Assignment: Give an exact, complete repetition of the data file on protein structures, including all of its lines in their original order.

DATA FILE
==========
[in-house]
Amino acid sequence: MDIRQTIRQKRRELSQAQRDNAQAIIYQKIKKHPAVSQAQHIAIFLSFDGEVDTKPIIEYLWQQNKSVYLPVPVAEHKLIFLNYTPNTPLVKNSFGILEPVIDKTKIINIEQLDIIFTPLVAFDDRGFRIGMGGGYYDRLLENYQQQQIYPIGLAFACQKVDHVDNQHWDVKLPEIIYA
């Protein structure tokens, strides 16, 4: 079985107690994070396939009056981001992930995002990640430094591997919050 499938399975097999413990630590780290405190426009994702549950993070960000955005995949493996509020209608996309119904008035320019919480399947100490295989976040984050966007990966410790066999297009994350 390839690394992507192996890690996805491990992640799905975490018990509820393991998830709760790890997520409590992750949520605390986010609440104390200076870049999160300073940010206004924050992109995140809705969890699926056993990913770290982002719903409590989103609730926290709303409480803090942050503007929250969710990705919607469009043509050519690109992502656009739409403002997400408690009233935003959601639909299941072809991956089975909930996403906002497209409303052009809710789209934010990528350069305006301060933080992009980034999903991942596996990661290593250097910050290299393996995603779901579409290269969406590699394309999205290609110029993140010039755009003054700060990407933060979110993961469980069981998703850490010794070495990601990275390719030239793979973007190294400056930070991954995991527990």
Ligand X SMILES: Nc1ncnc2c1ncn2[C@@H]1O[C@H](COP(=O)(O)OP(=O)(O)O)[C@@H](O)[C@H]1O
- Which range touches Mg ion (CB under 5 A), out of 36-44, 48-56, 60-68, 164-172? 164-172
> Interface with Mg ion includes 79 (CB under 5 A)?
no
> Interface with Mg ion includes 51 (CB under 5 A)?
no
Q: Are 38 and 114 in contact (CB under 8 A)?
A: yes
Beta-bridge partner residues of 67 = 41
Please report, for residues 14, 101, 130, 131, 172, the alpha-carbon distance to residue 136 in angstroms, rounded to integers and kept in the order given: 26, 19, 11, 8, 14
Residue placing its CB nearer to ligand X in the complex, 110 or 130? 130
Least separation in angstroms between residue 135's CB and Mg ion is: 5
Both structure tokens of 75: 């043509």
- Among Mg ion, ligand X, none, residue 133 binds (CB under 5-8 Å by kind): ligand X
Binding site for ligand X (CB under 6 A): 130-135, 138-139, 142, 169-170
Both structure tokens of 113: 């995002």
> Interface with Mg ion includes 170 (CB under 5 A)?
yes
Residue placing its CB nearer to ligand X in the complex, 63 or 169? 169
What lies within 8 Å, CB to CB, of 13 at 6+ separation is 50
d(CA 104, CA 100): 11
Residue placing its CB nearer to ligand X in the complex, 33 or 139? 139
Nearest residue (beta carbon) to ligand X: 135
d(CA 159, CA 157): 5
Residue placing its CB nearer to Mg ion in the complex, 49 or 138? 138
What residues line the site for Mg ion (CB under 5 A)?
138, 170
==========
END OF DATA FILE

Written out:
[in-house]
Amino acid sequence: MDIRQTIRQKRRELSQAQRDNAQAIIYQKIKKHPAVSQAQHIAIFLSFDGEVDTKPIIEYLWQQNKSVYLPVPVAEHKLIFLNYTPNTPLVKNSFGILEPVIDKTKIINIEQLDIIFTPLVAFDDRGFRIGMGGGYYDRLLENYQQQQIYPIGLAFACQKVDHVDNQHWDVKLPEIIYA
């Protein structure tokens, strides 16, 4: 079985107690994070396939009056981001992930995002990640430094591997919050 499938399975097999413990630590780290405190426009994702549950993070960000955005995949493996509020209608996309119904008035320019919480399947100490295989976040984050966007990966410790066999297009994350 390839690394992507192996890690996805491990992640799905975490018990509820393991998830709760790890997520409590992750949520605390986010609440104390200076870049999160300073940010206004924050992109995140809705969890699926056993990913770290982002719903409590989103609730926290709303409480803090942050503007929250969710990705919607469009043509050519690109992502656009739409403002997400408690009233935003959601639909299941072809991956089975909930996403906002497209409303052009809710789209934010990528350069305006301060933080992009980034999903991942596996990661290593250097910050290299393996995603779901579409290269969406590699394309999205290609110029993140010039755009003054700060990407933060979110993961469980069981998703850490010794070495990601990275390719030239793979973007190294400056930070991954995991527990």
Ligand X SMILES: Nc1ncnc2c1ncn2[C@@H]1O[C@H](COP(=O)(O)OP(=O)(O)O)[C@@H](O)[C@H]1O
- Which range touches Mg ion (CB under 5 A), out of 36-44, 48-56, 60-68, 164-172? 164-172
> Interface with Mg ion includes 79 (CB under 5 A)?
no
> Interface with Mg ion includes 51 (CB under 5 A)?
no
Q: Are 38 and 114 in contact (CB under 8 A)?
A: yes
Beta-bridge partner residues of 67 = 41
Please report, for residues 14, 101, 130, 131, 172, the alpha-carbon distance to residue 136 in angstroms, rounded to integers and kept in the order given: 26, 19, 11, 8, 14
Residue placing its CB nearer to ligand X in the complex, 110 or 130? 130
Least separation in angstroms between residue 135's CB and Mg ion is: 5
Both structure tokens of 75: 């043509």
- Among Mg ion, ligand X, none, residue 133 binds (CB under 5-8 Å by kind): ligand X
Binding site for ligand X (CB under 6 A): 130-135, 138-139, 142, 169-170
Both structure tokens of 113: 């995002």
> Interface with Mg ion includes 170 (CB under 5 A)?
yes
Residue placing its CB nearer to ligand X in the complex, 63 or 169? 169
What lies within 8 Å, CB to CB, of 13 at 6+ separation is 50
d(CA 104, CA 100): 11
Residue placing its CB nearer to ligand X in the complex, 33 or 139? 139
Nearest residue (beta carbon) to ligand X: 135
d(CA 159, CA 157): 5
Residue placing its CB nearer to Mg ion in the complex, 49 or 138? 138
What residues line the site for Mg ion (CB under 5 A)?
138, 170